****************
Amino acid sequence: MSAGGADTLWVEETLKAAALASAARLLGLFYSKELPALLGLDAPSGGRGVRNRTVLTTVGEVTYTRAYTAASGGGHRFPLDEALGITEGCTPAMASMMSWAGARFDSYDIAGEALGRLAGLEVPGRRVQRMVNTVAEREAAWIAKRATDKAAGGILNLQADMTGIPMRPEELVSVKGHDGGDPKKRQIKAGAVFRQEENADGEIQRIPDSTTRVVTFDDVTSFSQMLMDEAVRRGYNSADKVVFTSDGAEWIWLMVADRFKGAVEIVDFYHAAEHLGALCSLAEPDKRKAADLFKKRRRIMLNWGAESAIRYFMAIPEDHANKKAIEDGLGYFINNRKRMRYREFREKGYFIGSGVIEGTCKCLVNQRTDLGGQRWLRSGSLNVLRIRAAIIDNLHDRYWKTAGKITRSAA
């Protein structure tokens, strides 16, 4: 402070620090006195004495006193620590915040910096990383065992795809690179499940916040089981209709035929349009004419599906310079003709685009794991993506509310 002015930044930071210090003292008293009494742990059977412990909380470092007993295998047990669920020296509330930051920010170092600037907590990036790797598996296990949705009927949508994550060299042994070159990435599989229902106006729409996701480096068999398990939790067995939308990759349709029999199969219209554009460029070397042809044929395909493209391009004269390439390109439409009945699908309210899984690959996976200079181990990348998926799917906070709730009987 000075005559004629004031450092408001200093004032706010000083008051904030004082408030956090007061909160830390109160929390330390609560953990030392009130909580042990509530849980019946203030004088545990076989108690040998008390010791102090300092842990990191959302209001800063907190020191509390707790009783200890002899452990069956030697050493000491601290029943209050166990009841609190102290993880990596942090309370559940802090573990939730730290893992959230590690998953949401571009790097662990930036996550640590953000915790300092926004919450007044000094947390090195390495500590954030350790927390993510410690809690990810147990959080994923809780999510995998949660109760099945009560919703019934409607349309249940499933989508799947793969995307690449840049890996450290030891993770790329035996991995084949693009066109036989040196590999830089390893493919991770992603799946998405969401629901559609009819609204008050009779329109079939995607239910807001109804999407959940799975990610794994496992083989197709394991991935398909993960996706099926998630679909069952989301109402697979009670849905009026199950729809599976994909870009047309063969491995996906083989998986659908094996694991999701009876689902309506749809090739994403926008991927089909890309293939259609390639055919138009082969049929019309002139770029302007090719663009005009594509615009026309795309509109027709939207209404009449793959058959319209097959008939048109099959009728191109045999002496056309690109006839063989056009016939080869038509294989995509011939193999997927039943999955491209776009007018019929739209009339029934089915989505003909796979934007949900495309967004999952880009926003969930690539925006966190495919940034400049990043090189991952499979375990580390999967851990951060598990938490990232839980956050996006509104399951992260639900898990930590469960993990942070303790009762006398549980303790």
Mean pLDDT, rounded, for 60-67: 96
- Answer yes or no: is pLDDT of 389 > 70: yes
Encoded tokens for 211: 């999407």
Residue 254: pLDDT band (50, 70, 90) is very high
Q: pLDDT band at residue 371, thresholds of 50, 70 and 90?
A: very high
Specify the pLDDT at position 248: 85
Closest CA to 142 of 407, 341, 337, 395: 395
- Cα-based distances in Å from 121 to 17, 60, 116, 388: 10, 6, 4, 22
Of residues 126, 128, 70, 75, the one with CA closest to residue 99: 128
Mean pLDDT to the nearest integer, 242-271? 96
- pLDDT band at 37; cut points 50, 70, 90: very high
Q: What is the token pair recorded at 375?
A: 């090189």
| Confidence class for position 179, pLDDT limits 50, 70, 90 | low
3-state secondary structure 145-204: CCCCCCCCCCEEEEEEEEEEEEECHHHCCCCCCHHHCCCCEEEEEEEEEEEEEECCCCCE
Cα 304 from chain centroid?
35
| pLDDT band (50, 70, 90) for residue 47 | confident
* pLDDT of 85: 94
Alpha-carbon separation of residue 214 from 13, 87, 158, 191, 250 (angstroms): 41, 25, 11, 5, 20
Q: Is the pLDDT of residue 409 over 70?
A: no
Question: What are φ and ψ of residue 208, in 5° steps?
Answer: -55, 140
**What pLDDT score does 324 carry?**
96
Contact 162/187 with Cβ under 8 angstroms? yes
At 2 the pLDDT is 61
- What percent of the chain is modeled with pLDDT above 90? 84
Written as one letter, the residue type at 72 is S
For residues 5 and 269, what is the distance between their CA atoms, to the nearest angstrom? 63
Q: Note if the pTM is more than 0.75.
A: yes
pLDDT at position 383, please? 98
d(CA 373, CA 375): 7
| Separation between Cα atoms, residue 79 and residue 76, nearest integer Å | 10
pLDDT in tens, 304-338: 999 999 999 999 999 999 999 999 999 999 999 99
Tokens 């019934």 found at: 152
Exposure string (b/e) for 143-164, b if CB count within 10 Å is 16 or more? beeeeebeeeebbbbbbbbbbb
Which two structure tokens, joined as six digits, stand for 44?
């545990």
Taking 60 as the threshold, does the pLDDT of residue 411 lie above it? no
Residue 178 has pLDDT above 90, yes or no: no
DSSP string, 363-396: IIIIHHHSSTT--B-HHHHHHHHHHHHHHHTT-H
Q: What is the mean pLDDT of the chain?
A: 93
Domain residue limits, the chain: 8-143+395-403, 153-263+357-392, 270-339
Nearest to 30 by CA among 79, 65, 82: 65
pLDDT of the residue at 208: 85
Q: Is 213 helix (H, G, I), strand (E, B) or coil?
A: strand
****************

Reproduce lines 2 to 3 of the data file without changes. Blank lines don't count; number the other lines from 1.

């Protein structure tokens, strides 16, 4: 402070620090006195004495006193620590915040910096990383065992795809690179499940916040089981209709035929349009004419599906310079003709685009794991993506509310 002015930044930071210090003292008293009494742990059977412990909380470092007993295998047990669920020296509330930051920010170092600037907590990036790797598996296990949705009927949508994550060299042994070159990435599989229902106006729409996701480096068999398990939790067995939308990759349709029999199969219209554009460029070397042809044929395909493209391009004269390439390109439409009945699908309210899984690959996976200079181990990348998926799917906070709730009987 000075005559004629004031450092408001200093004032706010000083008051904030004082408030956090007061909160830390109160929390330390609560953990030392009130909580042990509530849980019946203030004088545990076989108690040998008390010791102090300092842990990191959302209001800063907190020191509390707790009783200890002899452990069956030697050493000491601290029943209050166990009841609190102290993880990596942090309370559940802090573990939730730290893992959230590690998953949401571009790097662990930036996550640590953000915790300092926004919450007044000094947390090195390495500590954030350790927390993510410690809690990810147990959080994923809780999510995998949660109760099945009560919703019934409607349309249940499933989508799947793969995307690449840049890996450290030891993770790329035996991995084949693009066109036989040196590999830089390893493919991770992603799946998405969401629901559609009819609204008050009779329109079939995607239910807001109804999407959940799975990610794994496992083989197709394991991935398909993960996706099926998630679909069952989301109402697979009670849905009026199950729809599976994909870009047309063969491995996906083989998986659908094996694991999701009876689902309506749809090739994403926008991927089909890309293939259609390639055919138009082969049929019309002139770029302007090719663009005009594509615009026309795309509109027709939207209404009449793959058959319209097959008939048109099959009728191109045999002496056309690109006839063989056009016939080869038509294989995509011939193999997927039943999955491209776009007018019929739209009339029934089915989505003909796979934007949900495309967004999952880009926003969930690539925006966190495919940034400049990043090189991952499979375990580390999967851990951060598990938490990232839980956050996006509104399951992260639900898990930590469960993990942070303790009762006398549980303790």
Mean pLDDT, rounded, for 60-67: 96